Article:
Nine. Nine. Nine.

Blog challenge.

Day Nine!

What are my worst habits?

Hmm..

The one that is the most persistent and gets me into “trouble” is that after meeting someone and I decided I like them, I immediately begin to think we are secretly in love and start imagining our future.

That’s fine enough, if kept to one’s self.

But I don’t do that.

I forget that we aren’t that great of friends, and bombard them with love and affection.

It can get weird.

A lot of people play along, but when they don’t, me and my emotions come to a screeching halt.

More bad habits?

I have a horrendous temper.

I lost my pedometer the other day and spent 45 minutes tearing the house apart, slamming things, swearing, etc.

I realized later it was in my car, but not before leaving a path of mass destruction.

Other than that I guess I’m perfect, right? *farts*

 

Until next time, my  little zack attacks.

Everyone is Angry Over Everything

Hey chicken wings, how are you feeling?

I have some thoughts today.

Normally, I have no thoughts and just lay underneath my desk and drool. Today is a little different.

There’s some hubbub surrounding a satirical op-ed article written by Larry David, referencing the Boston Marathon bombings. A lot of people are getting angry over it, saying it just wasn’t funny and “too soon.”

I would compose a big, eloquent essay on my support of it, but that’s not my style. It’s why I got a 2 on the AP English exam 300 years ago.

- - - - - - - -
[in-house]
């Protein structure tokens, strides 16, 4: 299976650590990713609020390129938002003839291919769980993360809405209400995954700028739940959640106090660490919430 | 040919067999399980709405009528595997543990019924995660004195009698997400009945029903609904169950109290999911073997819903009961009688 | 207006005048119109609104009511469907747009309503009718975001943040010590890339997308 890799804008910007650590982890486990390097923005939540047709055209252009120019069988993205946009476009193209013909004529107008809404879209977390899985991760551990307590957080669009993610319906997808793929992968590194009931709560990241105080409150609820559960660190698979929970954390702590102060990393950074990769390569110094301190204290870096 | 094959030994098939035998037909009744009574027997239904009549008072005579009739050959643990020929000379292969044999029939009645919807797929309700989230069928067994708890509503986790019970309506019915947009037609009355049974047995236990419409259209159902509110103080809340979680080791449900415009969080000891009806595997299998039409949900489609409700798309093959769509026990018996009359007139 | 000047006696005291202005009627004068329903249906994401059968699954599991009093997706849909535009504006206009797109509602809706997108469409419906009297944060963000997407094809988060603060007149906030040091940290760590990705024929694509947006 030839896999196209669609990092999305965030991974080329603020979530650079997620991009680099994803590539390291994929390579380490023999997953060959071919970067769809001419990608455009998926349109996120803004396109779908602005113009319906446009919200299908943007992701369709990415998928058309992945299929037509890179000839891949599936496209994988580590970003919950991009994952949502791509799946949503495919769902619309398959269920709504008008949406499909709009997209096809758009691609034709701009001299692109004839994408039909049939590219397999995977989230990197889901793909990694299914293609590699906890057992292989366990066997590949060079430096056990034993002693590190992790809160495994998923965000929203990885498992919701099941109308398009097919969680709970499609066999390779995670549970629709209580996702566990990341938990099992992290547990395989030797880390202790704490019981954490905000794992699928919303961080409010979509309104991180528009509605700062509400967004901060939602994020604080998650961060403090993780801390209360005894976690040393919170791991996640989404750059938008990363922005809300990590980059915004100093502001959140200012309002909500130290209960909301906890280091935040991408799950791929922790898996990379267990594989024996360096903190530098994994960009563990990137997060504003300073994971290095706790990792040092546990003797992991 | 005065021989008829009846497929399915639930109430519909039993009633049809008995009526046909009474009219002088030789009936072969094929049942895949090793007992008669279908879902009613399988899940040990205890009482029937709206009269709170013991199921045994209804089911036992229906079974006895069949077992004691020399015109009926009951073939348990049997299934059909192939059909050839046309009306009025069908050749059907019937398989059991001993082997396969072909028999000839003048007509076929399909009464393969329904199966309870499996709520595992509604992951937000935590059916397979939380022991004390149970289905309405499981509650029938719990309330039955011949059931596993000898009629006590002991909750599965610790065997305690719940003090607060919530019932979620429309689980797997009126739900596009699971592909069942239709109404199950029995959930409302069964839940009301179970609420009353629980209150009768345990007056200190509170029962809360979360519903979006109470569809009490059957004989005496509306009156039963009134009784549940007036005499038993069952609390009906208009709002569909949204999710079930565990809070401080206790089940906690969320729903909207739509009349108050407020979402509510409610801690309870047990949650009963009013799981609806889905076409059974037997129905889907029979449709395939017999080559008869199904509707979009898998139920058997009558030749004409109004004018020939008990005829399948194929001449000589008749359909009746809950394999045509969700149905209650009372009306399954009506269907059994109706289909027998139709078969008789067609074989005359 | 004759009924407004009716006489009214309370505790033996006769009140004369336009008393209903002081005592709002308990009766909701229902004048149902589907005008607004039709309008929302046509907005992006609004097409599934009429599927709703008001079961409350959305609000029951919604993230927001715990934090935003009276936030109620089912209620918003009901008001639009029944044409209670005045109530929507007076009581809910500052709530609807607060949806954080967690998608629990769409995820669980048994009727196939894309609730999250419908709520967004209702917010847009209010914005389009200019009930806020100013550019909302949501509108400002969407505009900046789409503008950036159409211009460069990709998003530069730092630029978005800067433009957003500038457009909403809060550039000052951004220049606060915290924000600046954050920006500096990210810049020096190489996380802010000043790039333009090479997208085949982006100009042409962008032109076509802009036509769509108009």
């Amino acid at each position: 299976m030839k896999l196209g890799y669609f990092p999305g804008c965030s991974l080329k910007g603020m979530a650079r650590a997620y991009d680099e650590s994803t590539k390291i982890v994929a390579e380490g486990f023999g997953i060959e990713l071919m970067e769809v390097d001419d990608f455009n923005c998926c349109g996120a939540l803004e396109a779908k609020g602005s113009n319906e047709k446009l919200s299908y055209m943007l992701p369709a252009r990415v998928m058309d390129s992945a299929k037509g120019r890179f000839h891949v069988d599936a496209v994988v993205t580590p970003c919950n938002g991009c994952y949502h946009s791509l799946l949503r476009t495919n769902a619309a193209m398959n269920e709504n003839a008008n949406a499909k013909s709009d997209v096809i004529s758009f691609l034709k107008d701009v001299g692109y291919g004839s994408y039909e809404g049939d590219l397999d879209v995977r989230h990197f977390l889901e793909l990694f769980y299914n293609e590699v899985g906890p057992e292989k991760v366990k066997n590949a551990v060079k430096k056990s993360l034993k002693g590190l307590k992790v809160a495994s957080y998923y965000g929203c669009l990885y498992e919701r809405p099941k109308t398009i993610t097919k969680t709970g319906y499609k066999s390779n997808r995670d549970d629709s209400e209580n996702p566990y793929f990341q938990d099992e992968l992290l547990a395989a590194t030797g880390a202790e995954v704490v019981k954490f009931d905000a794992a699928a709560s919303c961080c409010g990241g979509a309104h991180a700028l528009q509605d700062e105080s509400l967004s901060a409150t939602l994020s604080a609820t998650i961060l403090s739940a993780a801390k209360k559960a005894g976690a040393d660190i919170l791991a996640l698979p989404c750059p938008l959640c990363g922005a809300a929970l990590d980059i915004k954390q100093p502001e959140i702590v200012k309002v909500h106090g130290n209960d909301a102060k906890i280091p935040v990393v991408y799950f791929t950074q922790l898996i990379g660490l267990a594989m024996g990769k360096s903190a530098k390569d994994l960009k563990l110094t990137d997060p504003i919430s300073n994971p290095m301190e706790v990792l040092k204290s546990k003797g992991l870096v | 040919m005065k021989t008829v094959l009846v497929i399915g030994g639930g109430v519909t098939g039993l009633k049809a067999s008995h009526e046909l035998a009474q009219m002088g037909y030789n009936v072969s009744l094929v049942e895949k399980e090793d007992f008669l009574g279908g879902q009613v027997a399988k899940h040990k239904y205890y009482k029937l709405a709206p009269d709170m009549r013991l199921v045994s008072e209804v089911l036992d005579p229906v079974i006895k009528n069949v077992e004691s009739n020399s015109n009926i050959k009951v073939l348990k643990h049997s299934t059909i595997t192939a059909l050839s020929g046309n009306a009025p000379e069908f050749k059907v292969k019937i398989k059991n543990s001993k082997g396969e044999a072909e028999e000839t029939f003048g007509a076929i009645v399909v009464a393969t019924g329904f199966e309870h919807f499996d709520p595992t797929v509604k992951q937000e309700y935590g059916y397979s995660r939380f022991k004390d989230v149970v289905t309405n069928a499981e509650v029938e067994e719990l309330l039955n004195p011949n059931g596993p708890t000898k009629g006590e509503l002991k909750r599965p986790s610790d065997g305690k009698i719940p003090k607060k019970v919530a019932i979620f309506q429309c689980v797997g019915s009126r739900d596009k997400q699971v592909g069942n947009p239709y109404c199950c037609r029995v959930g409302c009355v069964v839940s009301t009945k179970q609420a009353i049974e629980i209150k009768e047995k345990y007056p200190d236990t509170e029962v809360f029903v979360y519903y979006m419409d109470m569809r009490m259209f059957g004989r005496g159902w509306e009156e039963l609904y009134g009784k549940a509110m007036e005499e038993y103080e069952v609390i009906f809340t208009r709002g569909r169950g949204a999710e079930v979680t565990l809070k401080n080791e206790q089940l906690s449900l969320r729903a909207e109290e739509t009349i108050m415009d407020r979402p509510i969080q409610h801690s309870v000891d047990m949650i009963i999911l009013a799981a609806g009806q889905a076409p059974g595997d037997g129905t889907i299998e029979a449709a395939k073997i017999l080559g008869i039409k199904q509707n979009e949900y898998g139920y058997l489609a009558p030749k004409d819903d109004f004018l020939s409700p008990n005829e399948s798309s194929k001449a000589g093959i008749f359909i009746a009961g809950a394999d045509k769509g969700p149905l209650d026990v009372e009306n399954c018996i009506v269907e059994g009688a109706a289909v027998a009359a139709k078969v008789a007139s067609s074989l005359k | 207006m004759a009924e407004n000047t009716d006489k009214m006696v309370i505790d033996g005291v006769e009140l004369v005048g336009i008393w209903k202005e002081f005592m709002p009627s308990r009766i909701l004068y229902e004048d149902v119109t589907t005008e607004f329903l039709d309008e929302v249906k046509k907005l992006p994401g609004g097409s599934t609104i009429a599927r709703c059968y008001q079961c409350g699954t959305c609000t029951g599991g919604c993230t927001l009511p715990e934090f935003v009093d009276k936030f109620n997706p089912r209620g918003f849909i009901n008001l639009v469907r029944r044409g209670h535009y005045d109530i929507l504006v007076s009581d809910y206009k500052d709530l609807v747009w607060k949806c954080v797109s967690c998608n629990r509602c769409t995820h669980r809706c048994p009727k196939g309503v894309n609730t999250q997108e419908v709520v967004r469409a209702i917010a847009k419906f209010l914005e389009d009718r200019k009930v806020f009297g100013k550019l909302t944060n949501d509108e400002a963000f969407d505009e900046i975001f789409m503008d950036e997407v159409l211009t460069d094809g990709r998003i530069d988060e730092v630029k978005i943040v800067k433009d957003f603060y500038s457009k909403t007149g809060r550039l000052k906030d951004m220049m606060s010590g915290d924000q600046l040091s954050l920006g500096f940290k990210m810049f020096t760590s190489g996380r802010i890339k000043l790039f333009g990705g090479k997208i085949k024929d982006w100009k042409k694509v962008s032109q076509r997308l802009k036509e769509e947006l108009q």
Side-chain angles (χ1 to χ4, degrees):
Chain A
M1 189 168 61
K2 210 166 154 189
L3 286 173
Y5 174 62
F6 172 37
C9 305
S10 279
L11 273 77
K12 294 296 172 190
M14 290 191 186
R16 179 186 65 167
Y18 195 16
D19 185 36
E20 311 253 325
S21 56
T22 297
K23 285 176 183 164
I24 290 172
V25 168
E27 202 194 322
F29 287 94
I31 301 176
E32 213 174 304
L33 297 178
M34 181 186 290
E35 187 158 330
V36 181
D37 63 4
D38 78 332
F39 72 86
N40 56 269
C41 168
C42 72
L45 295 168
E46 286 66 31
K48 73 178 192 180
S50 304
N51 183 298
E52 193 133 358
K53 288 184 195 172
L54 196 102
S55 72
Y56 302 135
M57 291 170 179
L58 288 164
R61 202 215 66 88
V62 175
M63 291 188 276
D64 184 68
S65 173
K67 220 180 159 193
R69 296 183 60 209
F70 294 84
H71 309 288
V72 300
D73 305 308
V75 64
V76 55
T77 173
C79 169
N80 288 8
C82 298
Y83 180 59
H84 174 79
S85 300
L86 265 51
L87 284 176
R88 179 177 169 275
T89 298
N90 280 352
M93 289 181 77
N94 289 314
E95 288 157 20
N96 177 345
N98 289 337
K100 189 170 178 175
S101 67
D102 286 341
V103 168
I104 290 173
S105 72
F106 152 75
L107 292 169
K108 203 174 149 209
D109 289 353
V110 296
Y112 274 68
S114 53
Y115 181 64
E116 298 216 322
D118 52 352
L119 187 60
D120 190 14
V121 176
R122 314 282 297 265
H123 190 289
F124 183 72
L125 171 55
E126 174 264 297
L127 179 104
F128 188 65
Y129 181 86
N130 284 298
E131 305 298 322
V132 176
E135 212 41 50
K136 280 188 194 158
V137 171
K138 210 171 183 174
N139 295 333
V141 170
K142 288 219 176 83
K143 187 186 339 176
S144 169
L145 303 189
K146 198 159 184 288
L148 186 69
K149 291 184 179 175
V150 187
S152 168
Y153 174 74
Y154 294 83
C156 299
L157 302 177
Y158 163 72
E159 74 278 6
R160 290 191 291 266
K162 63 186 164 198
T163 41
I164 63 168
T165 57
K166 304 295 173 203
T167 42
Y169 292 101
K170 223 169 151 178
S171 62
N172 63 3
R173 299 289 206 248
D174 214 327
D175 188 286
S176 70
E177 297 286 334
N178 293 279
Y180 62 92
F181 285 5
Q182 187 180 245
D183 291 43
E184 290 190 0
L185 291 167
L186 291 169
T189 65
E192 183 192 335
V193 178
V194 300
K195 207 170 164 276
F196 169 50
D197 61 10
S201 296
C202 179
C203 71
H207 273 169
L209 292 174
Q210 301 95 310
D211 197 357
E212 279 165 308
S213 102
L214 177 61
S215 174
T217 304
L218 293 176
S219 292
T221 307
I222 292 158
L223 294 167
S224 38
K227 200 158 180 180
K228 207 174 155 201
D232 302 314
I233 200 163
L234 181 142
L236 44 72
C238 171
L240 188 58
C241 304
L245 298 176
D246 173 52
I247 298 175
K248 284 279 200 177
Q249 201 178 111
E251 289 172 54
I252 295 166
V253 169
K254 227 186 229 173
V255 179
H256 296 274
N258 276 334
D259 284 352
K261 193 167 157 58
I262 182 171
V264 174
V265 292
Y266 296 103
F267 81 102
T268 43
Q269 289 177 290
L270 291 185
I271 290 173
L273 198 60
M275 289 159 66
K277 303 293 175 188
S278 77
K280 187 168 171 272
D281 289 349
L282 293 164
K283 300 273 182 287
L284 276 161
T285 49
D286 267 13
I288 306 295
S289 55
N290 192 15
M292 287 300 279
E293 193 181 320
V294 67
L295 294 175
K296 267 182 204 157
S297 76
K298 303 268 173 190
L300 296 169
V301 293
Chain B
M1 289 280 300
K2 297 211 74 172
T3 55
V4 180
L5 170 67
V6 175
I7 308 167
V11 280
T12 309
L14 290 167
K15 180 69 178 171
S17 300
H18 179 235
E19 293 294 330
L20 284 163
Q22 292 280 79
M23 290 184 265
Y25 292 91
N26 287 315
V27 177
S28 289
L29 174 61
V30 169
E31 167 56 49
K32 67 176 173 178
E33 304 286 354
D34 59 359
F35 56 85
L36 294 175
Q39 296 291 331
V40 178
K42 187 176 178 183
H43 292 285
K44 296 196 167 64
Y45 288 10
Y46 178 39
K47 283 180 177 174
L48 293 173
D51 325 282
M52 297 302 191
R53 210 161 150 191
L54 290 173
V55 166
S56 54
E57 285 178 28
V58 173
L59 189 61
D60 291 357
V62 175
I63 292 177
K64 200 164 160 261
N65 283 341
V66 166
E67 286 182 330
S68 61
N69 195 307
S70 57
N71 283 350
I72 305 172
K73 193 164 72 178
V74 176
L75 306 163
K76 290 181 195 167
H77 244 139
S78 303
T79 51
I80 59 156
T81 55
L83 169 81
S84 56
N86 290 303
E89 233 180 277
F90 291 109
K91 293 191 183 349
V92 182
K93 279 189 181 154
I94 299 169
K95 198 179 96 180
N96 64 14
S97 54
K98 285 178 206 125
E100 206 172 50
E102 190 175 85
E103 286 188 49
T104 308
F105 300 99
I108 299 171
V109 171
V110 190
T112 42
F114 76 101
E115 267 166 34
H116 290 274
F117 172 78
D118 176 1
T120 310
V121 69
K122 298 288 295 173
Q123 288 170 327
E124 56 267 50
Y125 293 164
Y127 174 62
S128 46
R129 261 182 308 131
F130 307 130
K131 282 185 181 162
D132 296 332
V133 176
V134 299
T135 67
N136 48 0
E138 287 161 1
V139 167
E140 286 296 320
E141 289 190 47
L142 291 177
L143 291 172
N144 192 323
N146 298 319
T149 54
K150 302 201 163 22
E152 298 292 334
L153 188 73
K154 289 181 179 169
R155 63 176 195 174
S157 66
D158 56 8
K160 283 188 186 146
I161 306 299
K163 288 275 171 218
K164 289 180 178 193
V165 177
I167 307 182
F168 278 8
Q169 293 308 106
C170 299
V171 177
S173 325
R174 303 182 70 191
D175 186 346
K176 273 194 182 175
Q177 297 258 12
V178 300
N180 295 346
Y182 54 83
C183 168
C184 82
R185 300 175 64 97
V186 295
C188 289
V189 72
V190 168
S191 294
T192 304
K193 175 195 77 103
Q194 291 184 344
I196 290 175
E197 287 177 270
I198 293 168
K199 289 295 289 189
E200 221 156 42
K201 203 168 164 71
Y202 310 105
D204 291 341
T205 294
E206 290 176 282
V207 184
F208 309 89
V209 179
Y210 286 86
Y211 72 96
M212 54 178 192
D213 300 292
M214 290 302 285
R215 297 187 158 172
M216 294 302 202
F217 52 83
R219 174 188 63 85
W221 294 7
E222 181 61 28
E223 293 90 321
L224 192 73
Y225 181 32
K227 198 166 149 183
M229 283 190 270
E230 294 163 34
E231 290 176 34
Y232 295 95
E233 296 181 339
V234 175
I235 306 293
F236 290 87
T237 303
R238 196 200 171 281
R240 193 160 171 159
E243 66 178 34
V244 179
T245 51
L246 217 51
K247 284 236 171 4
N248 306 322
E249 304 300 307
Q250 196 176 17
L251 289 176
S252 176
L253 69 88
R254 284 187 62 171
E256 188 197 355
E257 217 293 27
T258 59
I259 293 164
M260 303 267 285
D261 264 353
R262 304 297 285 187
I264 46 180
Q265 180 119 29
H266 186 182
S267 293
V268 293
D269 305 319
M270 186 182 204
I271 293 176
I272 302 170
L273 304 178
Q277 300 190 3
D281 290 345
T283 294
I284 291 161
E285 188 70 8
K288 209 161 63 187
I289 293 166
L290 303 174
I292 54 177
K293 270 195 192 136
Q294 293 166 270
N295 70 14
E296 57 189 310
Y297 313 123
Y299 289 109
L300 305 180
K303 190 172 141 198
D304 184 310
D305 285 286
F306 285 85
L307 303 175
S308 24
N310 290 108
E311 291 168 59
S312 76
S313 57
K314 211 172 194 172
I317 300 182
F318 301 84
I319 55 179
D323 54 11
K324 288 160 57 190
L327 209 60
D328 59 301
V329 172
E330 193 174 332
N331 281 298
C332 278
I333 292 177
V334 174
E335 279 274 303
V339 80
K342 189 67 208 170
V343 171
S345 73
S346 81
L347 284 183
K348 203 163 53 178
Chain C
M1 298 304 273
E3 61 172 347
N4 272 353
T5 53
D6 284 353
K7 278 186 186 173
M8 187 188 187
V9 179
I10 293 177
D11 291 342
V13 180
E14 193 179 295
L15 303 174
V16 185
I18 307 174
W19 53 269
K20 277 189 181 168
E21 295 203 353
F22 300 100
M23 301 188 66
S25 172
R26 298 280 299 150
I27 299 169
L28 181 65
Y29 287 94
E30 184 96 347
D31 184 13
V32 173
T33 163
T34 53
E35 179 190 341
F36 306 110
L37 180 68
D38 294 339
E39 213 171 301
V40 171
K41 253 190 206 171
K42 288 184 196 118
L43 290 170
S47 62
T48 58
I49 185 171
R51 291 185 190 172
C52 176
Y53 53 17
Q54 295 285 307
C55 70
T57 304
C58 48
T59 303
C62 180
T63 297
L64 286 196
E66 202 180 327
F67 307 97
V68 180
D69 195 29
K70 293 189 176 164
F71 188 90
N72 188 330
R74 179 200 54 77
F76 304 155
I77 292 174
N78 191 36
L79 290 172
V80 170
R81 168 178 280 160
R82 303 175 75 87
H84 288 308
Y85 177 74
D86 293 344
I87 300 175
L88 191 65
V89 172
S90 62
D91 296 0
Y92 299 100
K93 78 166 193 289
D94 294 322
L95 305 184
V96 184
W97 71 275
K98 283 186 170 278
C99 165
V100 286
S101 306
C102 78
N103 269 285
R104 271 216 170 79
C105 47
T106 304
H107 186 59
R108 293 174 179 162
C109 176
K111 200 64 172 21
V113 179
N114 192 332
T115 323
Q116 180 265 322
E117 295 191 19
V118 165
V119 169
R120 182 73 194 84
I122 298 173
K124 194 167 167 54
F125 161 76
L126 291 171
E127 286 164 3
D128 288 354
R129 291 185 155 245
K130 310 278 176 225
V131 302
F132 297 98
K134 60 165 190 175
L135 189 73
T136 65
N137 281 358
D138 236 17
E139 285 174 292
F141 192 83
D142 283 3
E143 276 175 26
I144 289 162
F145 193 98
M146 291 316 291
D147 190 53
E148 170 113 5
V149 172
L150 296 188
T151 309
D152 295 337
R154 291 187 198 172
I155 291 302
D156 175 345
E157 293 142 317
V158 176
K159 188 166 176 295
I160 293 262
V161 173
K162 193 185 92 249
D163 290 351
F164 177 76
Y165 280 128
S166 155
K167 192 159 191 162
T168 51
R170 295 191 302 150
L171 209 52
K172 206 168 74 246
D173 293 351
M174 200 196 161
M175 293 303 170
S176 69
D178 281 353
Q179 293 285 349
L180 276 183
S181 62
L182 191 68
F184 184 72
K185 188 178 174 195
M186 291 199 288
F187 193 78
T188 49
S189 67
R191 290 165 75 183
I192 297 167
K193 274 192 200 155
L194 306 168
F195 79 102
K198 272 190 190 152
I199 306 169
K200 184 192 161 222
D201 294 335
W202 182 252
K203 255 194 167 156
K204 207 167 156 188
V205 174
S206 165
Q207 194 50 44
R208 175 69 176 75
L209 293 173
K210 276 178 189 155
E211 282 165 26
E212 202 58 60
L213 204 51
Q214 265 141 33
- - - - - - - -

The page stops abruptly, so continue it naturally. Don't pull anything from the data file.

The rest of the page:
I’m not saying it was the best move, but I still like the article itself. Would it have done better maybe a year or two from now? I think it would. I understand where the hurt and outrage is coming from, but as someone who grew up as a fat little kid, staring at the TV for hours on end watching stand-up and sitcoms,  I think that Larry David was just show how absurd the situation is. I don’t think it was an attempt to make little of the situation.

I related to it and thought it was pretty funny. Comedy is subjective, and that can make it seem insensitive to some people.

There won’t be a right answer, either way. Read it!

http://www.nytimes.com/2013/04/28/opinion/sunday/my-son-the-terrorist.html?_r=0

What do you think? Can you remove yourself from the emotions caused by the bombings and see the article alone, or  is it something you cannot separate (or should it even be)?

It’s different for everyone.

Those are my thoughts of the day. Underneath the desk I go.

Until next time, fart nuggets!